Monday, November 19, 2012

Remarks at Installation of the Rev. Dr. Francys Johnson

What an honor it is for me to be here at Magnolia Missionary Baptist Church today for the installation of my good friend and ministerial colleague, the Rev. Dr. Francys Johnson.

Rev. Johnson asked for me to have some remarks here today about servant leadership. Of course, the model that most of us look to for a servant leader is Jesus.  In Luke 22:27, we hear these words of Jesus as he teaches his disciples about servant leadership:

 “Who is more important, the one who sits at the table or the one who serves?  The one who sits at the table, of course.  But not here!   For I am among you as one who serves.”

Another example of a servant leader is the man you are installing today.  Because he has been serving in this community for many years , many years before being called to the leadership of this church.  And he will also be a model of service for you.

But I want to shift this discussion a little to say WHERE do we serve and WHOM do we serve?

Now, many of you are serving us here today. It takes a WHOLE lot of work to put something like this together.  And we are SO appreciative of the great service and all of the WORK that you all have done.  But I want to share a little story with you about the work of the church.

This story was told by an old preacher who grew up in the big city about a lesson he learned early in life.  As a young adolescent, his parents wanted him to have some time out of the city experiencing life on a FARM - so they sent him one summer to live and work with his aunt and uncle. The Uncle got the boy up before dawn and told him to go out to the wood pile and chop the wood, stack it, and bring some in to fill up the wood bin by the stove. The boy was looking forward to his farm work and enthusiastically completed the job. He was quite tired though as he brought the wood to the house for the stove. So after putting it in the wood bin, he started back up the stairs to complete his sleep since it was barely morning. As he started up the steps, his Uncle pulled on his shirt sleeve and said, "Just where do you think you goin'. You ain't done no work yet."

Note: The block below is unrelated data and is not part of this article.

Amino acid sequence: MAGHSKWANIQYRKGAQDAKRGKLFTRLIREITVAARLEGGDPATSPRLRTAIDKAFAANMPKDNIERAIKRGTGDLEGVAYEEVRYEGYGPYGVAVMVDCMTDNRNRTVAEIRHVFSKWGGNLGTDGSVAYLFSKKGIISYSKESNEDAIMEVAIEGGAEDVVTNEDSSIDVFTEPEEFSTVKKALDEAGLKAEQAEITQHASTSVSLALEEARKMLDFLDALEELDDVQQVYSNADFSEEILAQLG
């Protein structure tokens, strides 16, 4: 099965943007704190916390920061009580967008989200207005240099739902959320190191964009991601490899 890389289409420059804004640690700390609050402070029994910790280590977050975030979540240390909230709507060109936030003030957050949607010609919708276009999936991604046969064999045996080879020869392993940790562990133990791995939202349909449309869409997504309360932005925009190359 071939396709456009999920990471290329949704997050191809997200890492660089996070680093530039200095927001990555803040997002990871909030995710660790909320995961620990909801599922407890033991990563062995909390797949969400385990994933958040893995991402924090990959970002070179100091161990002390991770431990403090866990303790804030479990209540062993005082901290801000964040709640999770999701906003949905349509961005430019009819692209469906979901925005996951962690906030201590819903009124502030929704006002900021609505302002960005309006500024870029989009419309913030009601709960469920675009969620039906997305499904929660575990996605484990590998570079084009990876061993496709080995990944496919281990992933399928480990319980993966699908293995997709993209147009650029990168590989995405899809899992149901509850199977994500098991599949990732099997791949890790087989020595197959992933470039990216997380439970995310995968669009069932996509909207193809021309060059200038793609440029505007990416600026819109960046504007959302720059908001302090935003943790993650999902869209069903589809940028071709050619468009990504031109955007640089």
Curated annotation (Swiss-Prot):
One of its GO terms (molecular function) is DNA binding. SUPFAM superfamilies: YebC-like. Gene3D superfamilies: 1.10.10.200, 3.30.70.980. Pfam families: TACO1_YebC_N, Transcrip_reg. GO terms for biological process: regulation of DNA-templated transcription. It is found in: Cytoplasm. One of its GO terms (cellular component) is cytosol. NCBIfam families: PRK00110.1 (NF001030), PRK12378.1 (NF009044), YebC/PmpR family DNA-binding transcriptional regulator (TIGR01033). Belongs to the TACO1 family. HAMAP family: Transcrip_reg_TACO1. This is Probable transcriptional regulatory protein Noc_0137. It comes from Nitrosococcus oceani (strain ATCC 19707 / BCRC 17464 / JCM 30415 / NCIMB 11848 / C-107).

"What do you mean - I haven't done any work?  I been workin," explained the boy.  "Why I chopped the wood and stacked the wood, and brought and filled up the wood bin by the stove - jest like you said."

"You still ain't done no work yet boy," the farmer said. "Let me 'splain somethin to you.
Any thing you do in the house or around the house or for the house - them there is CHORES. The WORK is in the fields."

Now sometimes after I’ve preached in church or played the piano or perhaps served a greeter or prepared refreshments for the social time, I want to pat myself on the back, and congratulate myself for doing the work of the church.  But you know, anything we do in the Church, or around the Church, or for the Church – "them there's just Chores."   They certainly need to be done. And they are scared and holy chores!  But it's not the real work of the Church.

In John 4:35, Jesus said:
Do you not say, four months more and then the harvest? I tell you, open your eyes and look at the fields! They are ripe for harvest!

And in Matthew 9:35-37, we find Jesus lamenting over the lack of workers in the fields:
It reads:
Jesus went through all the towns and villages, teaching in their synagogues, preaching the good news of the kingdom and healing every disease and sickness. When he saw the crowds, he had compassion on them, because they were harassed and helpless, like sheep without a shepherd. Then he said to his disciples, "The harvest is plentiful but the workers are few."

Have things improved or do we still have a shortage of workers in the fields?

Where are the fields?

For some of us it may BE far-away places where we may help with disaster relief. But for most of us, the fields are in our homes, our work places and in our communities – especially among those of great need. Those are the places that we need to be working and serving.  And we are thrilled that this church is already doing that and will do more under the leadership of this great servant, Rev. Francys Johnson.

Now some of us have served in this service today – lots of folks.  And tonight as we climb those proverbial stairs, we may pat ourselves on the back and take pride in the work we've done. But we may just feel that tug on our sleeve and hear an inner voice that says, "Wait a minute Brandon.  Wait a minute Johnny.  Wait a minute Jane!  You haven't done any work yet."  I look forward to seeing many of you in the fields.

But today, I want to extend the right hand of fellowship to Rev. Johnson as he begins his professional ministry in Statesboro.  He’s not new to Statesboro and not new to ministry – but he’s new to professional ministry in Statesboro.  And I’m here to welcome him and look forward to lots of good serving together.

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